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From: Nathaniel Smith (njs_at_[hidden])
Date: 2006-08-23 07:46:55

We discovered this issue when we recently switched the program
monotone[1] over to using program_options instead of popt -- one of
our translators pointed out that he had started getting command line
syntax errors reported in English, regardless of the setting of his

The problem lies in program_options/errors.hpp:

Most exceptions defined in this file construct their full error
message as an opaque string, and do not provide the calling program
equivalent information in any other form. For instance, the
'unknown_option' exception on line 45 simply does:
   : error(std::string("unknown option ").append(name))
and there is no way to extract 'name' from the exception object,
except by parsing this string (ugh). If there is a 'syntax_error',
then member variables are provided to access the pieces used to
construct the error string, but one of these member variables is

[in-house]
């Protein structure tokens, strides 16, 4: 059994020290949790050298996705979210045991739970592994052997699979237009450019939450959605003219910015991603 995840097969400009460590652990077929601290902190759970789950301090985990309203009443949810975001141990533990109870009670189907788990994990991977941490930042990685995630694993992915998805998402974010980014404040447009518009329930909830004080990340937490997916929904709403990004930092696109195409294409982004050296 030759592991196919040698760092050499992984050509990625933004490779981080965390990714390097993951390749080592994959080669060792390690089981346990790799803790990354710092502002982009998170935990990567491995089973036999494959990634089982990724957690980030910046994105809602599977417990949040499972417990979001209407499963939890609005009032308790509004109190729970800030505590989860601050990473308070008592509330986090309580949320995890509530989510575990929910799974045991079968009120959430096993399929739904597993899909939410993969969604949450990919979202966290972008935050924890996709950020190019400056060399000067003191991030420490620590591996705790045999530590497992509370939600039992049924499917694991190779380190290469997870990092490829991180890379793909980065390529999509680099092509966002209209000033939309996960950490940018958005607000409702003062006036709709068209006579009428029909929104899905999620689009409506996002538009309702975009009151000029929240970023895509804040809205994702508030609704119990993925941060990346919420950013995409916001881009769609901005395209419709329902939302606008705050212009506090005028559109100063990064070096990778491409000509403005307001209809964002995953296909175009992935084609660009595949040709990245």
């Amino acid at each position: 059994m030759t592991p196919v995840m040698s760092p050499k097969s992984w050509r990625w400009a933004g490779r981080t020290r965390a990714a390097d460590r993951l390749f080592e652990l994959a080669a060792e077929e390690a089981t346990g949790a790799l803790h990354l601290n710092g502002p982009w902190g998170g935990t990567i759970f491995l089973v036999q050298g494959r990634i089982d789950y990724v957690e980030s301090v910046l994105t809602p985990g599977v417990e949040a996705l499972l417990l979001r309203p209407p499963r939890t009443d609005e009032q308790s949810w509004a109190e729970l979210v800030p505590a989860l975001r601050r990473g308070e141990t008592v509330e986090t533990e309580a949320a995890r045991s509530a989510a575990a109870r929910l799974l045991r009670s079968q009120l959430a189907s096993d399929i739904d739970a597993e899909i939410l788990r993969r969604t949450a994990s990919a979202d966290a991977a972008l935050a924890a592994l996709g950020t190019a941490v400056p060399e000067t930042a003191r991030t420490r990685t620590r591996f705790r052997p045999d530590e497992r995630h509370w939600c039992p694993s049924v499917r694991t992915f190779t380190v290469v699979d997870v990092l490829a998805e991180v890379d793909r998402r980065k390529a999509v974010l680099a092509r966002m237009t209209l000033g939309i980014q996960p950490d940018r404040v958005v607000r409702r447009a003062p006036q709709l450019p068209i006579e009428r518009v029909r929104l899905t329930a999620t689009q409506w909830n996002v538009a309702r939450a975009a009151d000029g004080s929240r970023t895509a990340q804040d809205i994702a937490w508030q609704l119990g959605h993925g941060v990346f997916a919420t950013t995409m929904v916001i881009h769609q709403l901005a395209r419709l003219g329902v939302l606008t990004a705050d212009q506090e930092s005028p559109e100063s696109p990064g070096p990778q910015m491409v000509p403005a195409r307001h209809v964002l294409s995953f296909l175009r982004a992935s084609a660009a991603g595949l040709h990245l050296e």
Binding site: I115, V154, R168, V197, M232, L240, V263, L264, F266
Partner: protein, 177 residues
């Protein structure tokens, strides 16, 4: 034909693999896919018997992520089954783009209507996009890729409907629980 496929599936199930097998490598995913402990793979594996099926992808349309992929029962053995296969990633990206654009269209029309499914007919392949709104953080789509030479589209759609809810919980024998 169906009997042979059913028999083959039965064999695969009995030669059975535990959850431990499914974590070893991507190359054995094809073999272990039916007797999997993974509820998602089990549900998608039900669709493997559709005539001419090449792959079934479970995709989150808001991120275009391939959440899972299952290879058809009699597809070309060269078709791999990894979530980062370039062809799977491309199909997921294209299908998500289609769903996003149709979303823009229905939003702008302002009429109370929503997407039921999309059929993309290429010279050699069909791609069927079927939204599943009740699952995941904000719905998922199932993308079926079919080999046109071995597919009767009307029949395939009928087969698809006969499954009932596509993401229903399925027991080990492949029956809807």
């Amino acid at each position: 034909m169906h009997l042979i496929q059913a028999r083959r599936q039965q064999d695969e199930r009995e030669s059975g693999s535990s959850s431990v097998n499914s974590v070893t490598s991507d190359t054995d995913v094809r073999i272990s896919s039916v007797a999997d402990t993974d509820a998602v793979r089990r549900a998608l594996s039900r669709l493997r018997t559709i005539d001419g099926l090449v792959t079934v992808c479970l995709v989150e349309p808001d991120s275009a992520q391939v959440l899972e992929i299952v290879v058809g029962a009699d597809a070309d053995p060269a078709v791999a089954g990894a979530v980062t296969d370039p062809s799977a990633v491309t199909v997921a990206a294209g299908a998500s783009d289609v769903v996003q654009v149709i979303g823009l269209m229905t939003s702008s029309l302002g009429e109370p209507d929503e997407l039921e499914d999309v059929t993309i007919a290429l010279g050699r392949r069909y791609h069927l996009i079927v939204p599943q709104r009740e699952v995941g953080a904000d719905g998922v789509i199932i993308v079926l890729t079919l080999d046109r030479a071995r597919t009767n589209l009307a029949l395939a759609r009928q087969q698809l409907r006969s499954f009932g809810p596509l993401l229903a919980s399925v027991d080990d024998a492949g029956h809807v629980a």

simply 'msg', again an opaque English string.

I can think of two approaches to make this library usable in programs
that are not monolingual English -- there may be others. The first is
to design and write a portable, cross-platform method to deploy and
access message catalogs, and then ship Boost with translations of all
such strings into every language. While this might be a diverting way
to spend a few years, it doesn't seem like an immediately practicable
solution[2], so let's move on to door two... which is to give the
calling program enough information on whatever errors have occurred
that it can do its own error reporting.

This does mean that the sorts of errors that could occur would become
part of the public API (no more opaque "msg" strings), but ATM
these errors are part of any program using this library's _U_I, and
this API exposure is the inevitable cost to be paid if Boost isn't
prepared to provide translations internally.

So, would it be possible to make the interface exposed by errors.hpp
considerably more fine-grained?

-- Nathaniel (Reply-to-all appreciated.)

[2] Well, unless we just decided to declare gettext to be a Boost
    library, but I get the impression that the process is a bit more
    complicated than that :-).

So let us espouse a less contested notion of truth and falsehood, even
if it is philosophically debatable (if we listen to philosophers, we
must debate everything, and there would be no end to the discussion).
  -- Serendipities, Umberto Eco

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